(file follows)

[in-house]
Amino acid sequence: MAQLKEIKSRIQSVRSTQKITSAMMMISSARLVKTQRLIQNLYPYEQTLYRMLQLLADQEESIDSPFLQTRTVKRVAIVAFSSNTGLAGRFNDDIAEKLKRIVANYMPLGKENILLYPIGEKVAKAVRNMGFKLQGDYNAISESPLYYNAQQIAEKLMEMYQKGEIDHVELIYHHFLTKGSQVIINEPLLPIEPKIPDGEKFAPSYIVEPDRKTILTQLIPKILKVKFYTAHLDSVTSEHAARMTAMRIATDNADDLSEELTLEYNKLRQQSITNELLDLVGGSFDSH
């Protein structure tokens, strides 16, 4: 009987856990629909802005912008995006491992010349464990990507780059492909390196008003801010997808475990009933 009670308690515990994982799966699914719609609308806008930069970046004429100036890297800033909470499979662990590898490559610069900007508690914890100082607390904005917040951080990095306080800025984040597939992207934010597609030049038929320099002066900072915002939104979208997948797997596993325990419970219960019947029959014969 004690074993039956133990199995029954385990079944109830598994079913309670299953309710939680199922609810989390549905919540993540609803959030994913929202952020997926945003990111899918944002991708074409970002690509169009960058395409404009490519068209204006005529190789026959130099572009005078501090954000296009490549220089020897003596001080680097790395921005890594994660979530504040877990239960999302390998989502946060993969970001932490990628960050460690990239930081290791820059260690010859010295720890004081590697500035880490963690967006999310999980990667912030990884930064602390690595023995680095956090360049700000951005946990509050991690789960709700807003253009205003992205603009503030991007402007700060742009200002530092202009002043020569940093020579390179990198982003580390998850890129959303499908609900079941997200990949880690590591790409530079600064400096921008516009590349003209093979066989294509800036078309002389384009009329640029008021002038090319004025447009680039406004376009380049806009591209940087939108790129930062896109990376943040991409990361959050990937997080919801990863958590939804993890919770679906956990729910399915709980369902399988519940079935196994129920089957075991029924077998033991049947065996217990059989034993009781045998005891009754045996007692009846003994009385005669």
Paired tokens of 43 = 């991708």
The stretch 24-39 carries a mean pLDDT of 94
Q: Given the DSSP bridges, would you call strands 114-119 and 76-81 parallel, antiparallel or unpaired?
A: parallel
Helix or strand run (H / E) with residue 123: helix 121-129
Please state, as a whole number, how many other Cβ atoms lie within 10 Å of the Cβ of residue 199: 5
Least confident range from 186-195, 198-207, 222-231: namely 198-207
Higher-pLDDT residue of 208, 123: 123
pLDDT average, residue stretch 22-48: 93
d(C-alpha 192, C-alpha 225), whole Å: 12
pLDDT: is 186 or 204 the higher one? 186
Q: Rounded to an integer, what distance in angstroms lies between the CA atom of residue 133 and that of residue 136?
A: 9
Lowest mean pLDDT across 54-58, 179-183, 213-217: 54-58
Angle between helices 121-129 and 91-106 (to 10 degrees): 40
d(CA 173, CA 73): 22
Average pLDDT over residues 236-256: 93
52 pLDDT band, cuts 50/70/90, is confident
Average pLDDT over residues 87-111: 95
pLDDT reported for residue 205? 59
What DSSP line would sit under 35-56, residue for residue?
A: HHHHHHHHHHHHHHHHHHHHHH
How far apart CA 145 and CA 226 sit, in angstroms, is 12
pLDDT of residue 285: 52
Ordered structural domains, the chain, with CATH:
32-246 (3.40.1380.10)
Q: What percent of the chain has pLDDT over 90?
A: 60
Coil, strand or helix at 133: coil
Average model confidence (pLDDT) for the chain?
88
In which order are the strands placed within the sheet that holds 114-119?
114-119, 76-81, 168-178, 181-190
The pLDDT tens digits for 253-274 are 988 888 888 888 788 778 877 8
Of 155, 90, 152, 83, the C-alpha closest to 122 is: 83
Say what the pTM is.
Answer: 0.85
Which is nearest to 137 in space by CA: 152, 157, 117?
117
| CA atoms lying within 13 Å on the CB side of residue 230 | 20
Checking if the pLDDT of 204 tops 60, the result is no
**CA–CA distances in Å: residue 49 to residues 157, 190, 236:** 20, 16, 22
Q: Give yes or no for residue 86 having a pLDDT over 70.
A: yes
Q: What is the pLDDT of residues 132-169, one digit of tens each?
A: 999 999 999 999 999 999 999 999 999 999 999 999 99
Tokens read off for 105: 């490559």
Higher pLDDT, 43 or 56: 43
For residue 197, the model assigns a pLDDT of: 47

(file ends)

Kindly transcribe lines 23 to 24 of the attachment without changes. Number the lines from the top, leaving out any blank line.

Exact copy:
pLDDT reported for residue 205? 59
What DSSP line would sit under 35-56, residue for residue?